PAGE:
In August my son will be 16 and the proud new owner of a driver’s permit. Like any teenage closing in on this rite of passage, he is anticipatory of the moment that he can slide behind the wheel of a car and gain that step to adult independence. He often asks if he can drive now, in a parking lot, down the street, just to get some practice. During Driver’s Ed class in school he studied that NJ Driver’s Handbook so much it was dog eared and dirty, worn down by the attention he gave it until he knew the contents inside and out.
Turning my son loose onto the busy streets is a harrowing thought. Do I trust him? Yes. Do I see him clearly as a teenage boy who will revel in this new found freedom and stretch the rules more than he should? Yes. Do we speak to him ad nauseum about driver safety and the responsibility of driving? Yes. Is it enough? Never.
He will not be an isolated individual on the road, but one of many moving in rapid distraction from one place to the next. The potential for disaster is tremendous and it just takes one inattentive moment. Each and every day there are news reports of another auto accident that claims a life. In the past two months alone, our community has lost two teenage boys in separate, unrelated auto accidents. Parents are devastated, friends are grieving and a community mourns the loss of these two young men. Gifted athletes, academic achievers, good young men with their lives open before them. Unfulfilled. In one of these accidents another driver was killed: A man with a young family and now that family is broken, grieving and at a loss to understand why.
Despite these recent losses -- and teenagers lost in previous years, one year alone our community lost five teens to road accidents -- young adults behind the wheel continue to believe they are immortal and that these horrible things will not happen to them. It will always be someone else. Until it is not.
What these young invincible spirits do not realize is that one moment is all it takes to destroy multiple lives. One moment that reverberates throughout the years in loss, pain, heartache and hardship.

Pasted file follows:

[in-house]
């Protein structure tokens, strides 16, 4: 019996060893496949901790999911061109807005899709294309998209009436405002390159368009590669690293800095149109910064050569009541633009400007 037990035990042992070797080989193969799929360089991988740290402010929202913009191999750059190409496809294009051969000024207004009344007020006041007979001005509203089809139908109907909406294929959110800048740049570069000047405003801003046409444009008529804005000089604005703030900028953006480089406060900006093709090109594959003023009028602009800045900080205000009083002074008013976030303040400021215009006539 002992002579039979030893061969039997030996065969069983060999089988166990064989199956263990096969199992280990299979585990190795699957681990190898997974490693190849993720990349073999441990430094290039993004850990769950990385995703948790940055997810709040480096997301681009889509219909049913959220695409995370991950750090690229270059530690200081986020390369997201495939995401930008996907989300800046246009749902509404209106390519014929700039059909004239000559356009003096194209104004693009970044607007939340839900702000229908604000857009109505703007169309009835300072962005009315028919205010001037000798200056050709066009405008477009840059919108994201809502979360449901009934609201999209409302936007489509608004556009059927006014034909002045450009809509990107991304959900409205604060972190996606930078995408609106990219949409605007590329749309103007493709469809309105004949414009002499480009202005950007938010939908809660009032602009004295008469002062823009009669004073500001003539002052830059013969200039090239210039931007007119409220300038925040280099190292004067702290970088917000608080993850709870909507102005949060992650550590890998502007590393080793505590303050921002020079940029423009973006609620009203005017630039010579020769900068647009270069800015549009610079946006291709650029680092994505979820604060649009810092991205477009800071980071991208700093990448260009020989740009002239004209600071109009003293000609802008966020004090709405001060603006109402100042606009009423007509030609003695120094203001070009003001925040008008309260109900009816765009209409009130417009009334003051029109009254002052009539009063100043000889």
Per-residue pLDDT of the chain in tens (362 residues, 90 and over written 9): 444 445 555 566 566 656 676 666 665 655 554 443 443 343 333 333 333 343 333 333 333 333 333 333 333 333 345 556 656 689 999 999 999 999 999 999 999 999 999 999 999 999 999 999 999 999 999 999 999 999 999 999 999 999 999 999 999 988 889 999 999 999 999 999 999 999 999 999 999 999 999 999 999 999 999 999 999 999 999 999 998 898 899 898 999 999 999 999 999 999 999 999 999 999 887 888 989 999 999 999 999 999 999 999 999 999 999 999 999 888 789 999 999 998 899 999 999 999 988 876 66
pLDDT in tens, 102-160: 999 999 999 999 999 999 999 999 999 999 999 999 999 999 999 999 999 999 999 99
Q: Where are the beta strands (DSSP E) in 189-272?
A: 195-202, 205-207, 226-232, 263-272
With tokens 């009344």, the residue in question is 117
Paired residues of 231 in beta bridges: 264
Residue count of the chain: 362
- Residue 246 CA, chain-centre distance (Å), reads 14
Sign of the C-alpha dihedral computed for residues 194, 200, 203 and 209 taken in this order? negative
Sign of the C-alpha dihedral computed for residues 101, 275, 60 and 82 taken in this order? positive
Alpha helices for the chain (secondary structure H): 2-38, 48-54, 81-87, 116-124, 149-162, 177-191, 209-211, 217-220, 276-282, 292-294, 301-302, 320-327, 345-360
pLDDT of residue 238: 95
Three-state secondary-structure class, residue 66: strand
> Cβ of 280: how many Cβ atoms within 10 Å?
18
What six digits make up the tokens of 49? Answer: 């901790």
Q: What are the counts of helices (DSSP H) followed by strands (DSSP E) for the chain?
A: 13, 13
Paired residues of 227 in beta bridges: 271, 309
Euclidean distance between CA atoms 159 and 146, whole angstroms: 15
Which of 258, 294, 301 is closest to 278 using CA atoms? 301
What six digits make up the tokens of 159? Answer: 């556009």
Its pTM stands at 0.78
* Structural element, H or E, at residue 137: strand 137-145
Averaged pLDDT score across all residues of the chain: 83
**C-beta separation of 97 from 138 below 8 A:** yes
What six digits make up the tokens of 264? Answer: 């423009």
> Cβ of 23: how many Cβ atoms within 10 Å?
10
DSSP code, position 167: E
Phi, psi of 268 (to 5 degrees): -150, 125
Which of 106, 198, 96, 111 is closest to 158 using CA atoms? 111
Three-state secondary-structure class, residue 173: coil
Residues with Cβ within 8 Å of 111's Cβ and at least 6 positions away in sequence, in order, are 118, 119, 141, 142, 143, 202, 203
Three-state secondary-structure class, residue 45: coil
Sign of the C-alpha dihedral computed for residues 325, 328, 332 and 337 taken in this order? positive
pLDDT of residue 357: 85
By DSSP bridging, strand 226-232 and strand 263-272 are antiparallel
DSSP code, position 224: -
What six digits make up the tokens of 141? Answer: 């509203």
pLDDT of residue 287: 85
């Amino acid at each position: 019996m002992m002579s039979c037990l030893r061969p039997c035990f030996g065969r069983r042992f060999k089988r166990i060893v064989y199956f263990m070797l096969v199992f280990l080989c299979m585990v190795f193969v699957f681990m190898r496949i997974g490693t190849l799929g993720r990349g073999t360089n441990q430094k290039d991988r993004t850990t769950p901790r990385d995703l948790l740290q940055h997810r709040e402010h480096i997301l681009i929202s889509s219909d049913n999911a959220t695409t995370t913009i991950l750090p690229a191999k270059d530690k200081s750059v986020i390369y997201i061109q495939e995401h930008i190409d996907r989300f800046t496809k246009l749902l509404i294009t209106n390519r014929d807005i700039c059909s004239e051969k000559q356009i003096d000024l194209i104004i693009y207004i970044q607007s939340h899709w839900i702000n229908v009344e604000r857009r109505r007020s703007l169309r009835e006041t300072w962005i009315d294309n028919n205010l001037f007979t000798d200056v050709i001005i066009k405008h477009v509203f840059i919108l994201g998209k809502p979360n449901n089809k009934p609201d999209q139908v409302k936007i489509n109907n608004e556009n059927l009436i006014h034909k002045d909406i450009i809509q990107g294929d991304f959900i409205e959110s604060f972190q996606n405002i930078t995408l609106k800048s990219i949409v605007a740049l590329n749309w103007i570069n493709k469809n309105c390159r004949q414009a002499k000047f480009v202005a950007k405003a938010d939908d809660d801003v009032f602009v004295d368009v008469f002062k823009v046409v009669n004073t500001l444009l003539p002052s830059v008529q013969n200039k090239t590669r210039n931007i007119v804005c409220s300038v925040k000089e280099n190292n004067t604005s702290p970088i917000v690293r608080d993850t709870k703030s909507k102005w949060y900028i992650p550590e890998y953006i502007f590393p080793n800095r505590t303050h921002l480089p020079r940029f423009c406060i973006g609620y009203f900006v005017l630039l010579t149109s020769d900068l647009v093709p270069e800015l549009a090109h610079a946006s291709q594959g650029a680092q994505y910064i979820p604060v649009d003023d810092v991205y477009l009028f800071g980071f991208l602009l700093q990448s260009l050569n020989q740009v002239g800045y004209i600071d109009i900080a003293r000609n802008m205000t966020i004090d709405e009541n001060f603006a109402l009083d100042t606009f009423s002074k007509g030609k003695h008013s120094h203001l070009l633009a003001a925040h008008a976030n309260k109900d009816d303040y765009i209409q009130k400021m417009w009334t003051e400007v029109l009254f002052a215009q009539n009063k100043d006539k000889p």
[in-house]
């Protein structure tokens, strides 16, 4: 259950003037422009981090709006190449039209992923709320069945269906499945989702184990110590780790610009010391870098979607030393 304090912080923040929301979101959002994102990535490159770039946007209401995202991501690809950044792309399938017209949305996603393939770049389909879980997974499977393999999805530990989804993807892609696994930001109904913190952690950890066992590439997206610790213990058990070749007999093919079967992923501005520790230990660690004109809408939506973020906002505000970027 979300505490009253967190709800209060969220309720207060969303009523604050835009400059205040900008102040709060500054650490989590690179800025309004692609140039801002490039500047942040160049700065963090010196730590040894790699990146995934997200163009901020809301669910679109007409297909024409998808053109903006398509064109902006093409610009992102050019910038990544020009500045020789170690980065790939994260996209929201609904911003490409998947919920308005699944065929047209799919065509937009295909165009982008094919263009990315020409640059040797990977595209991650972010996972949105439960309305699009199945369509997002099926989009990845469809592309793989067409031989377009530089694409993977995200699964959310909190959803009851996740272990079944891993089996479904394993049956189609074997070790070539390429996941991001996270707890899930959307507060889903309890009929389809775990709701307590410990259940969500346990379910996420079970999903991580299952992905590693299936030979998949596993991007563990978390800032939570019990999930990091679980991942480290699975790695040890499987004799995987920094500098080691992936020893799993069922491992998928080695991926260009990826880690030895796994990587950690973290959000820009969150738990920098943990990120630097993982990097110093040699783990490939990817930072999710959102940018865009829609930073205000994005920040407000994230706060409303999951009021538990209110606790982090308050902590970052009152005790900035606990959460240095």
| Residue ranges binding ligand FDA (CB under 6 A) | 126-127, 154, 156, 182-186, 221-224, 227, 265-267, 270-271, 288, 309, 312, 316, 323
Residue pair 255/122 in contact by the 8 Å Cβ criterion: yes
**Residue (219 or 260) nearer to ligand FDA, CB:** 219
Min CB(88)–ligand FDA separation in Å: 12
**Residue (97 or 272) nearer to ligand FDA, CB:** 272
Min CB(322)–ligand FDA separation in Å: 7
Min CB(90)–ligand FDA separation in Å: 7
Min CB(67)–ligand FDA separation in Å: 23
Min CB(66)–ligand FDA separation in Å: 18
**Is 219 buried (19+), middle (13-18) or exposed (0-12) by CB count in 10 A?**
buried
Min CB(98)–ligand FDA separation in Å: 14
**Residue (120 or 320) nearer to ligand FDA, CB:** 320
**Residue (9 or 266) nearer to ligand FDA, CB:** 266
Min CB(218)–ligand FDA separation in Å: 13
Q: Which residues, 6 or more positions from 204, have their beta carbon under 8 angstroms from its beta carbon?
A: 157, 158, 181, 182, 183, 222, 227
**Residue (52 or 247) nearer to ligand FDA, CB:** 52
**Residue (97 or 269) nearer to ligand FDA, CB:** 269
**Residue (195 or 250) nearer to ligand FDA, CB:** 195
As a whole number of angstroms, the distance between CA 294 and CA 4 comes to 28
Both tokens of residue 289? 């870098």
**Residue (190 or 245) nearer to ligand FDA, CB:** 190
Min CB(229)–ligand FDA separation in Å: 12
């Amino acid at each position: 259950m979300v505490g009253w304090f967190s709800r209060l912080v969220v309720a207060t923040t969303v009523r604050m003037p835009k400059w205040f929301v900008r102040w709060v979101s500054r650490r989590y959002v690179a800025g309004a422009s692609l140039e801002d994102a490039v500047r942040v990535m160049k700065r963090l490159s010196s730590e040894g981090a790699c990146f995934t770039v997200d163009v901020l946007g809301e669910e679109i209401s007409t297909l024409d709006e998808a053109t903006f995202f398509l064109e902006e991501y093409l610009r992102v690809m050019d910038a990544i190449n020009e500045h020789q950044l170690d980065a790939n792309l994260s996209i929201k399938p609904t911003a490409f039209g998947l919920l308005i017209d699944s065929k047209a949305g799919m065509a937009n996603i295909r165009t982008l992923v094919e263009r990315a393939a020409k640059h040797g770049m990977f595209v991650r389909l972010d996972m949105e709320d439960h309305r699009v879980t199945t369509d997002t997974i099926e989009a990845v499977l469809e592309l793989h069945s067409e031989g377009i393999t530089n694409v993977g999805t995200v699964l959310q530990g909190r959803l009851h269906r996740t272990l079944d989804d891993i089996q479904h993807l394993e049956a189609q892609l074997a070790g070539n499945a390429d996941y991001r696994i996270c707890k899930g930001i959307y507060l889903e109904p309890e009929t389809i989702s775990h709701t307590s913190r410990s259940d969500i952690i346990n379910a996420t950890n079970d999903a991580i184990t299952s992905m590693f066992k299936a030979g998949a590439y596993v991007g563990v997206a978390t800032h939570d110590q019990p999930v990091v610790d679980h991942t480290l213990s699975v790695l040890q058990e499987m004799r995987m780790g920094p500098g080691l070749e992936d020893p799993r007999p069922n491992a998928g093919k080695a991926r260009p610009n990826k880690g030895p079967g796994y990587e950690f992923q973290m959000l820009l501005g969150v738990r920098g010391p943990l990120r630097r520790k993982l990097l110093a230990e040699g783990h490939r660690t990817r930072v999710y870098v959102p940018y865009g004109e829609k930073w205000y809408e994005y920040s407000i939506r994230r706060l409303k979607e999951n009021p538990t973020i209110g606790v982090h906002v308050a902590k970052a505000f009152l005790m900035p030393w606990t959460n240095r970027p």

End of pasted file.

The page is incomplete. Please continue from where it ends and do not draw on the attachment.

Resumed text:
I realize there are just as many adults on the road that are reckless and flout laws while behind the wheel, putting others at risk. But NJ statistics claim that young drivers are the majority of car accidents. I just ponder on what efforts are required to deliver the message of safety and responsibility as a driver to the young people of our community, and beyond, in such a manner that whenever they turn the key in the ignition, they think, for a few seconds, on what it might be like to have the police knock on their parents door and deliver the news of a tragic accident.
I recall with crystal clarity the words of my high school driving instructor. After having us, his three captive students, perform a safety check on the school’s student driver car, he stood back and told us to take a good hard look at each other. We did, somewhat quizzically, and then looked back to him. He told us to remember each other’s faces because statistics said one of us will be dead from a car accident within five years. And that is how we started our first day of on the road training. I have never forgotten that moment.
Today, in our over-sensitive society, if a teacher spoke to students in such a way, parents would complain that they were being too harsh. If schools showed videos and imagery of accidents, it would be deemed too severe for student viewing by a portion of parents. Perhaps a little harshness and severity when it comes to statistics of driving teenagers is necessary. If showing them the aftermath of such accidents will help prevent just one more, it would be worth it. I know that as a parent I remind my son of the dangers of driving regularly, enough to keep it in the forefront of his mind to counter balance the excitement of getting behind that wheel. Because it is our job as parents to remind them of the laws, the dangers and the devastation that can come from ignoring those laws.
How then, do we parents prepare our sons and daughters to take to the roads with safety and responsibility uppermost in their minds when they turn the key and press foot to peddle? What does it take to remind out teens that a vehicle can be a weapon in a moment of inattention and carelessness? What does it take to remind them that one moment can change lives forever?
The answer to this question continues to elude me as I see drivers ignore posted speed limits, teenagers texting and talking on their cell phones, adults doing the same. How can we expect our children to respect the laws when we ourselves decide they do not apply to us when we speed, talk on cell phones while driving and disregard other critical rules of the road?
Photo Credit: 1968_dodge_charger.
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